HLTH SC 3012A - Research Placement (Public Health) Part 1

North Terrace Campus - Semester 2 - 2019

The Research Placement course is a capstone experience designed to develop research skills in third-year BHlthMedSc students through a year-long research placement related to their major. Students will design a project, learn research methodology in performing the project, analyse, interpret and communicate the findings of a research project or internship placement under academic supervision in a Small Group Discovery Experience. The research placement experience will be supported by workshop modules and journal club sessions. These will include: 1. Common modules on core competencies (eg research integrity, research ethics), 2. Major-specific modules including journal clubs to develop evaluation skills 3. A fixed number of skills modules selected according to skills required for the specific placement and the student's existing skills/courses already completed (e.g. systematic review principles, laboratory research design). Each student will document their research activities with a final written report, and in addition will communicate their research findings at an end-of-year symposium.

  • General Course Information
    Course Details
    Course Code HLTH SC 3012A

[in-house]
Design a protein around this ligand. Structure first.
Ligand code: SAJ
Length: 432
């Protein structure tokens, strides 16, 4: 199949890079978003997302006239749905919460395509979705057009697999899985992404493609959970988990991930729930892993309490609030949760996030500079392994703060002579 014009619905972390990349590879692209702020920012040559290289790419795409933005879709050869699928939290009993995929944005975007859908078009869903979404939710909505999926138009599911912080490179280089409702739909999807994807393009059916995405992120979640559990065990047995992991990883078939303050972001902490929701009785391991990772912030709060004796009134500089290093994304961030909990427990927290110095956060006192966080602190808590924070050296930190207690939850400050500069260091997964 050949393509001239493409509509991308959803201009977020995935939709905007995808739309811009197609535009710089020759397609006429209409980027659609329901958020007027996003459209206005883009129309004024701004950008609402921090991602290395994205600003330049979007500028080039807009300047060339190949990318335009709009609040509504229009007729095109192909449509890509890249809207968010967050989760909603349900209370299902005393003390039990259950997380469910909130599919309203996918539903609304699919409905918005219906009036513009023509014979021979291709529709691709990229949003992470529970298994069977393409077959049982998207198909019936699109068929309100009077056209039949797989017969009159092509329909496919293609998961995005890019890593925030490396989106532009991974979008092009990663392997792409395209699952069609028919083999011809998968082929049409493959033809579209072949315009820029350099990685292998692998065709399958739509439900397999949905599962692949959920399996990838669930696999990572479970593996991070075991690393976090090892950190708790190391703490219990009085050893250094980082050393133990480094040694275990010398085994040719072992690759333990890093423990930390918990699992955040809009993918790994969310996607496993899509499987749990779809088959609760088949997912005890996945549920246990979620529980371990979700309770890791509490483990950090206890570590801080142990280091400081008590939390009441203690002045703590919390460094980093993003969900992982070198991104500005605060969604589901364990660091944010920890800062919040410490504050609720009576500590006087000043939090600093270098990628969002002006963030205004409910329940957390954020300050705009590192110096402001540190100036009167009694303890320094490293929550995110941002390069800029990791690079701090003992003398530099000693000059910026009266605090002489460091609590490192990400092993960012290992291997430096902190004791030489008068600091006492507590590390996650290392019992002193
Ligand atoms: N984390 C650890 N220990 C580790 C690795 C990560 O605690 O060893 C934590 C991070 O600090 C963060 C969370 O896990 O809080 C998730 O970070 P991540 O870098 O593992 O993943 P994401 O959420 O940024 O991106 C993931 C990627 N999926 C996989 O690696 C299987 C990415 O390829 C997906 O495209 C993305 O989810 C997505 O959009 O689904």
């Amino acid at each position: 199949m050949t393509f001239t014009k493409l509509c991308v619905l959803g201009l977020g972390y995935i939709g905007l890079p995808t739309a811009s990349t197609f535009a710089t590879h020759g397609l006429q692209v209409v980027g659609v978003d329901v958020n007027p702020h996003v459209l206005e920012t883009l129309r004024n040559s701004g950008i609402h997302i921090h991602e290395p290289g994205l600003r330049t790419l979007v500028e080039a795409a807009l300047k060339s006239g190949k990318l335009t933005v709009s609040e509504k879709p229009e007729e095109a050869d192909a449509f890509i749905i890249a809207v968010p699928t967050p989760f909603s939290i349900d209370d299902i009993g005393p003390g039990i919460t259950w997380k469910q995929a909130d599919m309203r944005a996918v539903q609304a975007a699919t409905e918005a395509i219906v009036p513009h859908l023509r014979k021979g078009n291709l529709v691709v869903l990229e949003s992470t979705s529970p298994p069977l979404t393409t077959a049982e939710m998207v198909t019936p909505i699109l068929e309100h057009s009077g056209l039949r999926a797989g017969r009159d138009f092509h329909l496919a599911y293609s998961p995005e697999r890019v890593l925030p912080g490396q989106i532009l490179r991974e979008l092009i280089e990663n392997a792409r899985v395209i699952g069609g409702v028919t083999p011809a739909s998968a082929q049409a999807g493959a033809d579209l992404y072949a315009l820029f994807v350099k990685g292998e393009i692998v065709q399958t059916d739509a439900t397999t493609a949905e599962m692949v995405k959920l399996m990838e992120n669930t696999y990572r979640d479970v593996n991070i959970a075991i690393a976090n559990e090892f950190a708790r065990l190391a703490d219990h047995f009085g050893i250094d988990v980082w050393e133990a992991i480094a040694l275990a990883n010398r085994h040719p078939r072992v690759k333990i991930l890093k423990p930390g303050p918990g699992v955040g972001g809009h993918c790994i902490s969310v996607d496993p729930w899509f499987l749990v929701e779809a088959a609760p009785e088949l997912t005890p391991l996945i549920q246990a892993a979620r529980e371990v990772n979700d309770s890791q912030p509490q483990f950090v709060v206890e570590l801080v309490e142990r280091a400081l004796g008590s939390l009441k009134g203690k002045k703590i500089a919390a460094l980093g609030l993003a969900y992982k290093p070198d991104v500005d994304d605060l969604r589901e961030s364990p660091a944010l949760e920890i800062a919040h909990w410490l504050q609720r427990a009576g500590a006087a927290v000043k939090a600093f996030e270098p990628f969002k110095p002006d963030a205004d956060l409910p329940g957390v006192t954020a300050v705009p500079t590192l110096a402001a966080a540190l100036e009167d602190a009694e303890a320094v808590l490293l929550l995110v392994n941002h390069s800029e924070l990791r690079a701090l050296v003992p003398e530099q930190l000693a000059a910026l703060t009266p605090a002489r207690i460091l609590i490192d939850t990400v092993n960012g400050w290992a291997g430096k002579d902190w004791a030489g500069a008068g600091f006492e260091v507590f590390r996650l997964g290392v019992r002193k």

Course Research Placement (Public Health) Part 1
    Coordinating Unit Public Health
    Term Semester 2
    Level Undergraduate
    Location/s North Terrace Campus
    Units 3
    Contact Up to 6 hours per week
    Available for Study Abroad and Exchange N
    Prerequisites At least 18 units of Level II courses including HLTH SC 2105 or HLTH SC 2012 and the pre-requisite courses at Level II for this major
    Restrictions Only available to BHlthMedSc, BHlthMedSc (Adv) and BHlthSc (Adv) students. Students may only complete the 6 units of research placement within their chosen major.
    Course Description The Research Placement course is a capstone experience designed to develop research skills in third-year BHlthMedSc students through a year-long research placement related to their major. Students will design a project, learn research methodology in performing the project, analyse, interpret and communicate the findings of a research project or internship placement under academic supervision in a Small Group Discovery Experience. The research placement experience will be supported by workshop modules and journal club sessions. These will include: